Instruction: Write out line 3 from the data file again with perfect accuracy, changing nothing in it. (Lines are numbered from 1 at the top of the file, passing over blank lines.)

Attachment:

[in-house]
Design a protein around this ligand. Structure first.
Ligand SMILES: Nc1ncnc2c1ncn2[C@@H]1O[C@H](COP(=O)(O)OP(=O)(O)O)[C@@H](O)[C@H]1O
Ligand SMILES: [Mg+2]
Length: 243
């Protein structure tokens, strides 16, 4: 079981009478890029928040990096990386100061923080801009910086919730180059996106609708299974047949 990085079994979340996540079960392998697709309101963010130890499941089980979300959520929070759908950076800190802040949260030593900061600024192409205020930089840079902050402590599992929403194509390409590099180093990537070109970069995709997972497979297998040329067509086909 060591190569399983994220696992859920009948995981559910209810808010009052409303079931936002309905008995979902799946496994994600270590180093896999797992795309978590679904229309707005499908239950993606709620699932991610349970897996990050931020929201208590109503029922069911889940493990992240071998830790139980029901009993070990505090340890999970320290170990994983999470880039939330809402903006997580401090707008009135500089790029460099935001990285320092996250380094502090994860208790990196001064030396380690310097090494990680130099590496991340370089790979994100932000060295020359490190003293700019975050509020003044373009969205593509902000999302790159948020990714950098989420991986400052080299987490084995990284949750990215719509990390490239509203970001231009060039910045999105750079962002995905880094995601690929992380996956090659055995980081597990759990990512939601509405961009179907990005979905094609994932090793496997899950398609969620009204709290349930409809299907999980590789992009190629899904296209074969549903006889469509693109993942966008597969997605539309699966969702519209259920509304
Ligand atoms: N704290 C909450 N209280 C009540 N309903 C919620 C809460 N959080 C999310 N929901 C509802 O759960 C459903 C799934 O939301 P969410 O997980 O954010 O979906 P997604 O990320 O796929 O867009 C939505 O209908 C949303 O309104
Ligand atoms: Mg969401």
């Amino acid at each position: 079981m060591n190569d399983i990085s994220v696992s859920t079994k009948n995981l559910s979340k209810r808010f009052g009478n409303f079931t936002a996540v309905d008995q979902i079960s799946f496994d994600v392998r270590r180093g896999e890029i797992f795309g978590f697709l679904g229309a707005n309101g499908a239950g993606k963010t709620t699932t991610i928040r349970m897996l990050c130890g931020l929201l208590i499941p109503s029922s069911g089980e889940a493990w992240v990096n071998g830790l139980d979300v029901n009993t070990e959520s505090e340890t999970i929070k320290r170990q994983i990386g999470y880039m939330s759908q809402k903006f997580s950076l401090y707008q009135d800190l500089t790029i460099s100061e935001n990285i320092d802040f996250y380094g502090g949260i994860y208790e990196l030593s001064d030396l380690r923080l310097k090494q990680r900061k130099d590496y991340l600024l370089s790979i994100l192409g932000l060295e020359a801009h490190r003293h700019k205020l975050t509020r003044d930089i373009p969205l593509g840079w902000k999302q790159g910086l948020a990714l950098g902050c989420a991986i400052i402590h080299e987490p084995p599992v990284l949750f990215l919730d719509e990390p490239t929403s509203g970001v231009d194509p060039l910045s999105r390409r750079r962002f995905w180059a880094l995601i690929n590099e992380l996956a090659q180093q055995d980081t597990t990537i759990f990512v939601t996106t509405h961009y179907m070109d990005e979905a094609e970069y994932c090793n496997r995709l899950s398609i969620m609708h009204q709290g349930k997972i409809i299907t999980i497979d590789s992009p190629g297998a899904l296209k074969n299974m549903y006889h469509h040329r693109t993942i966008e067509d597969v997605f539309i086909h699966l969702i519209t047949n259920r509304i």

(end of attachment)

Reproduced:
Ligand SMILES: Nc1ncnc2c1ncn2[C@@H]1O[C@H](COP(=O)(O)OP(=O)(O)O)[C@@H](O)[C@H]1O